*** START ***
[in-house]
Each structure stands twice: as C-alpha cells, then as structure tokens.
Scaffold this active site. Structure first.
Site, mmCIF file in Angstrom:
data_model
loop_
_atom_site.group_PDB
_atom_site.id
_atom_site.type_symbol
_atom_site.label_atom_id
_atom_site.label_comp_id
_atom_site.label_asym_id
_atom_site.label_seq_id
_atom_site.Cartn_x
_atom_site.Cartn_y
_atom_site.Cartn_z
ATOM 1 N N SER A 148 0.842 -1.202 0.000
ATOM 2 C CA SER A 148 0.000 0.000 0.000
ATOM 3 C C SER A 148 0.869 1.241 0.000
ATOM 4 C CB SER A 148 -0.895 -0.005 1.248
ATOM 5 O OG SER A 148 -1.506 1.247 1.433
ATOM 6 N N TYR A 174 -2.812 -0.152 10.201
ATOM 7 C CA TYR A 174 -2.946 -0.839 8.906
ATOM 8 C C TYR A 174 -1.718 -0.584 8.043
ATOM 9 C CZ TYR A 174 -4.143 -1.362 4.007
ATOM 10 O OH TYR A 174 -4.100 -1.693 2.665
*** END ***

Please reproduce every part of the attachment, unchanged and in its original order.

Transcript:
[in-house]
Each structure stands twice: as C-alpha cells, then as structure tokens.
Scaffold this active site. Structure first.
Site, mmCIF file in Angstrom:
data_model
loop_
_atom_site.group_PDB
_atom_site.id
_atom_site.type_symbol
_atom_site.label_atom_id
_atom_site.label_comp_id
_atom_site.label_asym_id
_atom_site.label_seq_id
_atom_site.Cartn_x
_atom_site.Cartn_y
_atom_site.Cartn_z
ATOM 1 N N SER A 148 0.842 -1.202 0.000
ATOM 2 C CA SER A 148 0.000 0.000 0.000
ATOM 3 C C SER A 148 0.869 1.241 0.000
ATOM 4 C CB SER A 148 -0.895 -0.005 1.248
ATOM 5 O OG SER A 148 -1.506 1.247 1.433
ATOM 6 N N TYR A 174 -2.812 -0.152 10.201
ATOM 7 C CA TYR A 174 -2.946 -0.839 8.906
ATOM 8 C C TYR A 174 -1.718 -0.584 8.043
ATOM 9 C CZ TYR A 174 -4.143 -1.362 4.007
ATOM 10 O OH TYR A 174 -4.100 -1.693 2.665